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The Warrens of Virginia (1924 film)

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The Warrens of Virginia
Directed byElmer Clifton
Written byWilliam C. de Mille
Based onThe Warrens of Virginia
by William C. de Mille
Produced byFox Film Corporation
StarringMartha Mansfield
Distributed byFox Film Corporation
Release date
  • October 12, 1924 (1924-10-12)
Running time
7 reels
CountryUnited States
LanguageSilent (English intertitles)

The Warrens of Virginia is a 1924 American silent drama film directed by Elmer Clifton. It was produced and distributed by Fox Film Corporation.[1]


As described in a review in a film magazine,[2] Burton (Lytell) and Agatha Warren (Mansfield) were childhood sweethearts and grew up together. At the start of the Civil War, Burton becomes a Lieutenant in the Union Army while all of Agatha’s family are on the other side. After four years of fighting, a situation arose where General Lee’s army was dependent upon the arrival of a supply train. The Union general, urging patriotism, persuades Burton to carry a false message when he goes to call on Agatha, arranging with a spy so that Burton would be captured by Confederate forces. The scheme works, the train is captured, and Lee surrenders to end the war. Furious at his perfidy, and considered as a spy, the Confederates led by Hill Buzzard take Burton out to be hanged. Agatha, although incensed at Burton, rides to get help. Burton is placed on his horse and a noose placed around his neck. The Confederates intend to drive his horse from under him, but the horse refuses to budge though severely beaten, giving time for the rescue party summoned by the heroine to arrived and save Burton. Five years later, Burton returns, Agatha forgives him, and they find happiness together.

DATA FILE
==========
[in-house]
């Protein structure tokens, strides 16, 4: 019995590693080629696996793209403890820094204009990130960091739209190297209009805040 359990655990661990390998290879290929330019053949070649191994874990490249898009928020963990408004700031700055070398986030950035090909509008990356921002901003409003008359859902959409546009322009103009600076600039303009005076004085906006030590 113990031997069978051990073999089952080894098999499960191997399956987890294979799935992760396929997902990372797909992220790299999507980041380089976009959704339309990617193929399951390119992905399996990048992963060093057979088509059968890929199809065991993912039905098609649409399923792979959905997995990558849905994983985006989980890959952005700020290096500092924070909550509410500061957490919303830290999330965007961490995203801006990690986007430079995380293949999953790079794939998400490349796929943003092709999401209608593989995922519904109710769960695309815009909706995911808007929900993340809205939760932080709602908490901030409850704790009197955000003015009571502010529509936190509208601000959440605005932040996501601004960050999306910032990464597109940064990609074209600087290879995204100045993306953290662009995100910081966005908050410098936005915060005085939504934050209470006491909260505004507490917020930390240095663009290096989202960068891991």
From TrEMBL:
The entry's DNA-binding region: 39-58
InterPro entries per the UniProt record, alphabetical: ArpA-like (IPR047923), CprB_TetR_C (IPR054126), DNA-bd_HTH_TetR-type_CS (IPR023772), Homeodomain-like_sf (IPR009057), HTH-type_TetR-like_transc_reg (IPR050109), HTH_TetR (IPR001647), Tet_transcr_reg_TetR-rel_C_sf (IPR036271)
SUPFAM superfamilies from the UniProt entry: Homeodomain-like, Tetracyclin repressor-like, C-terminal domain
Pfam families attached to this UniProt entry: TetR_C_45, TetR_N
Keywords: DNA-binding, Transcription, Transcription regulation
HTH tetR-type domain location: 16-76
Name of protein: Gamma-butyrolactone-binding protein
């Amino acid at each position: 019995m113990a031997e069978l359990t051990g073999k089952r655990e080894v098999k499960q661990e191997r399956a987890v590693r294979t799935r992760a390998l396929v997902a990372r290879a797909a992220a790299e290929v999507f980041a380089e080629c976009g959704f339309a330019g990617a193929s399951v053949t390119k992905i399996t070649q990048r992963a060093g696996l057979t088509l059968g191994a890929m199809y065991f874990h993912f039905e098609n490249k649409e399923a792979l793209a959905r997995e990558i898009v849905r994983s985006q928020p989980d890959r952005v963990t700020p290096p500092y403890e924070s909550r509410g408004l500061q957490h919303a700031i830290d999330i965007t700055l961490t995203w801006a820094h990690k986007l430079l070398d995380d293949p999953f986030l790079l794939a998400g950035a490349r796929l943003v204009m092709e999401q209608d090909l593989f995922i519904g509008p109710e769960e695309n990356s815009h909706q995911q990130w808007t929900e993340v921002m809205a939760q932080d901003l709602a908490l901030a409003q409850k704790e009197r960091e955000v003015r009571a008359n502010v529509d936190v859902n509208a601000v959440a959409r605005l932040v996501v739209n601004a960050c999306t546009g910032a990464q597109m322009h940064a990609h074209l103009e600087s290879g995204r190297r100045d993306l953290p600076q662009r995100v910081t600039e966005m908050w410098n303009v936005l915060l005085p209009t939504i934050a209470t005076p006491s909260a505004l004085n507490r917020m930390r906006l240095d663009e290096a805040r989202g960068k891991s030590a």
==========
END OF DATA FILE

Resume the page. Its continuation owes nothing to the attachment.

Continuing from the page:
The film was shot in San Antonio, Texas. Brackenridge Park doubled as a battlefield at Appomattox.

Martha Mansfield was on the set when her period hoop dress caught fire, possibly from a discarded match. She died at a hospital the next day.[3] Most of Mansfield's scenes had been shot, so production of the film continued.


With no prints of The Warrens of Virginia located in any film archives,[4] it is a lost film.

See also


  1. ^ The Warrens of Virginia at
  2. ^ Sewell, C. S. (November 1, 1924). "The Warrens of Virginia; William Fox Offers Romantic Drama of Civil War Period Based on a DeMille- Belasco Stage Play". The Moving Picture World. New York City: Chalmers Publishing Co. 71 (1): 75. Retrieved April 3, 2021.
  3. ^ "Martha Mansfield, Movie Star, Dies As The Result Of Burns". Meriden Morning Record. December 1, 1923. p. 1. Retrieved February 13, 2013.
  4. ^ The Library of Congress American Silent Feature Film Survival Catalog: The Warrens of Virginia

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The Warrens of Virginia (1924 film)
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